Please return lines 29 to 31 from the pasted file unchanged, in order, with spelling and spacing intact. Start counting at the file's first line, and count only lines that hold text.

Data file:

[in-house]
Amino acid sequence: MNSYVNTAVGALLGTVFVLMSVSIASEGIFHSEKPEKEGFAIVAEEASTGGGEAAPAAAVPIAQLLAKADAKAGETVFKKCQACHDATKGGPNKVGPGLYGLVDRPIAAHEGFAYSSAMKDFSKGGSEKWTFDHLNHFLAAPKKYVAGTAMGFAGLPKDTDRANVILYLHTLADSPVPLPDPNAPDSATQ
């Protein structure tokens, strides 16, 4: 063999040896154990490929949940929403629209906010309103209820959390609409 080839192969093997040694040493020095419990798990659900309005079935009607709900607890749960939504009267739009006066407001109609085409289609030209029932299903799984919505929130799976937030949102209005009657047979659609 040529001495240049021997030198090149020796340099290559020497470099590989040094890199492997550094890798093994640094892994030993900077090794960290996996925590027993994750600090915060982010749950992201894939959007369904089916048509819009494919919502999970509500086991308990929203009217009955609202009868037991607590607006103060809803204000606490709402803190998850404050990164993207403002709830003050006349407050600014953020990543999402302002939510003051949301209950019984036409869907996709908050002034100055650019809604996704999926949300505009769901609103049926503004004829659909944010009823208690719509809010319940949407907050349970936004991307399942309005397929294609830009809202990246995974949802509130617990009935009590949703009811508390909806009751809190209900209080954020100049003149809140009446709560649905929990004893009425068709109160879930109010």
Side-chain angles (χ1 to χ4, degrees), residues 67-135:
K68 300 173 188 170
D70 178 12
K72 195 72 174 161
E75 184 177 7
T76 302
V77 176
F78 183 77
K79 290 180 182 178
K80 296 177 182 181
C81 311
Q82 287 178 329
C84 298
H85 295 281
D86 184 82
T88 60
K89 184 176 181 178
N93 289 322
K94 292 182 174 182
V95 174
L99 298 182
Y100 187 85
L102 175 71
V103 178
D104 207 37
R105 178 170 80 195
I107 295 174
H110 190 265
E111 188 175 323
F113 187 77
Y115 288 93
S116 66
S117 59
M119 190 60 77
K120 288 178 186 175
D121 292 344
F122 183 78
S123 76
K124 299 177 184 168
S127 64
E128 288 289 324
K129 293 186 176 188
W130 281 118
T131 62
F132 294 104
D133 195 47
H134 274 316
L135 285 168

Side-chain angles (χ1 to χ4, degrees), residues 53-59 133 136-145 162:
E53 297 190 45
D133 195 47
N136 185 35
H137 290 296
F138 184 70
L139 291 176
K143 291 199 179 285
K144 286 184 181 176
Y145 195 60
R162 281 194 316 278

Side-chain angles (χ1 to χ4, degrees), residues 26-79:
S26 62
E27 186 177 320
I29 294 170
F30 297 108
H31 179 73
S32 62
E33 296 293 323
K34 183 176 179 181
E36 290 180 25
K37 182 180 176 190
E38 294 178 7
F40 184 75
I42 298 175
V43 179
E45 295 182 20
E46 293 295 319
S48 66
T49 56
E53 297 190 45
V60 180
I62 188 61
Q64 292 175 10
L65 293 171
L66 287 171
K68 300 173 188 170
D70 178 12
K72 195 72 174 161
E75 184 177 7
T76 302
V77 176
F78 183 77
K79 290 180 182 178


R105 178 170 80 195
I107 295 174
H110 190 265